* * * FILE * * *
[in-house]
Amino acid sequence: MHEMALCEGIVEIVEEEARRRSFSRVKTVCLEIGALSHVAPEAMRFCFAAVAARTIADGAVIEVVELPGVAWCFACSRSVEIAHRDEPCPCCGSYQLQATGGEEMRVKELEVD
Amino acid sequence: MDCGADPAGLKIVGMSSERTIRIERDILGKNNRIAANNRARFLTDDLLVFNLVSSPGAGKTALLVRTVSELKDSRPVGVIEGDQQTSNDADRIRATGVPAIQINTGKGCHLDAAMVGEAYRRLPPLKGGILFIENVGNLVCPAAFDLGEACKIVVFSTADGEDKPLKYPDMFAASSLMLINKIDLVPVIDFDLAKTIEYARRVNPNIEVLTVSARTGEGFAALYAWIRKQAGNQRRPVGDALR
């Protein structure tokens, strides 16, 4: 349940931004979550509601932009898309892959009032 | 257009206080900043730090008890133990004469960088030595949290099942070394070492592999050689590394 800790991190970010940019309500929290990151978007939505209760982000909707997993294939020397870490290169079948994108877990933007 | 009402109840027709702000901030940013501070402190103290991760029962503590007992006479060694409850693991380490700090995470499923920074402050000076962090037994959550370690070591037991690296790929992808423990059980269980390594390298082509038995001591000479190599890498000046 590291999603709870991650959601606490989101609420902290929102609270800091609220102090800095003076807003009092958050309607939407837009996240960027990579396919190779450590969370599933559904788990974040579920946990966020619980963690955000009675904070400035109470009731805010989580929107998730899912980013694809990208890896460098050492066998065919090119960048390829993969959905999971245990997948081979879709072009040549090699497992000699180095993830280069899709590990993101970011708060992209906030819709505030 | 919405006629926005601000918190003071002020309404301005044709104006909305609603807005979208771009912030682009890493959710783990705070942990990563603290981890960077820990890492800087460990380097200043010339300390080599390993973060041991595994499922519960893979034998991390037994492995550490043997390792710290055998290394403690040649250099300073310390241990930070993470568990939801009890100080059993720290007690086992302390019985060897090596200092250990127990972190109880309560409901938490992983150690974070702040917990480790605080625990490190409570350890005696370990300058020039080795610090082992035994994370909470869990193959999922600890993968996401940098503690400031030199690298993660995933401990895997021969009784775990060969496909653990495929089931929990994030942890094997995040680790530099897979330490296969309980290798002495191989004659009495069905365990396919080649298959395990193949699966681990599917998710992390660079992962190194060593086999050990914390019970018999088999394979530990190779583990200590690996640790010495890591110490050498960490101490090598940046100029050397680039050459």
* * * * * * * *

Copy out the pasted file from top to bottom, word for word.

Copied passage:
[in-house]
Amino acid sequence: MHEMALCEGIVEIVEEEARRRSFSRVKTVCLEIGALSHVAPEAMRFCFAAVAARTIADGAVIEVVELPGVAWCFACSRSVEIAHRDEPCPCCGSYQLQATGGEEMRVKELEVD
Amino acid sequence: MDCGADPAGLKIVGMSSERTIRIERDILGKNNRIAANNRARFLTDDLLVFNLVSSPGAGKTALLVRTVSELKDSRPVGVIEGDQQTSNDADRIRATGVPAIQINTGKGCHLDAAMVGEAYRRLPPLKGGILFIENVGNLVCPAAFDLGEACKIVVFSTADGEDKPLKYPDMFAASSLMLINKIDLVPVIDFDLAKTIEYARRVNPNIEVLTVSARTGEGFAALYAWIRKQAGNQRRPVGDALR
């Protein structure tokens, strides 16, 4: 349940931004979550509601932009898309892959009032 | 257009206080900043730090008890133990004469960088030595949290099942070394070492592999050689590394 800790991190970010940019309500929290990151978007939505209760982000909707997993294939020397870490290169079948994108877990933007 | 009402109840027709702000901030940013501070402190103290991760029962503590007992006479060694409850693991380490700090995470499923920074402050000076962090037994959550370690070591037991690296790929992808423990059980269980390594390298082509038995001591000479190599890498000046 590291999603709870991650959601606490989101609420902290929102609270800091609220102090800095003076807003009092958050309607939407837009996240960027990579396919190779450590969370599933559904788990974040579920946990966020619980963690955000009675904070400035109470009731805010989580929107998730899912980013694809990208890896460098050492066998065919090119960048390829993969959905999971245990997948081979879709072009040549090699497992000699180095993830280069899709590990993101970011708060992209906030819709505030 | 919405006629926005601000918190003071002020309404301005044709104006909305609603807005979208771009912030682009890493959710783990705070942990990563603290981890960077820990890492800087460990380097200043010339300390080599390993973060041991595994499922519960893979034998991390037994492995550490043997390792710290055998290394403690040649250099300073310390241990930070993470568990939801009890100080059993720290007690086992302390019985060897090596200092250990127990972190109880309560409901938490992983150690974070702040917990480790605080625990490190409570350890005696370990300058020039080795610090082992035994994370909470869990193959999922600890993968996401940098503690400031030199690298993660995933401990895997021969009784775990060969496909653990495929089931929990994030942890094997995040680790530099897979330490296969309980290798002495191989004659009495069905365990396919080649298959395990193949699966681990599917998710992390660079992962190194060593086999050990914390019970018999088999394979530990190779583990200590690996640790010495890591110490050498960490101490090598940046100029050397680039050459």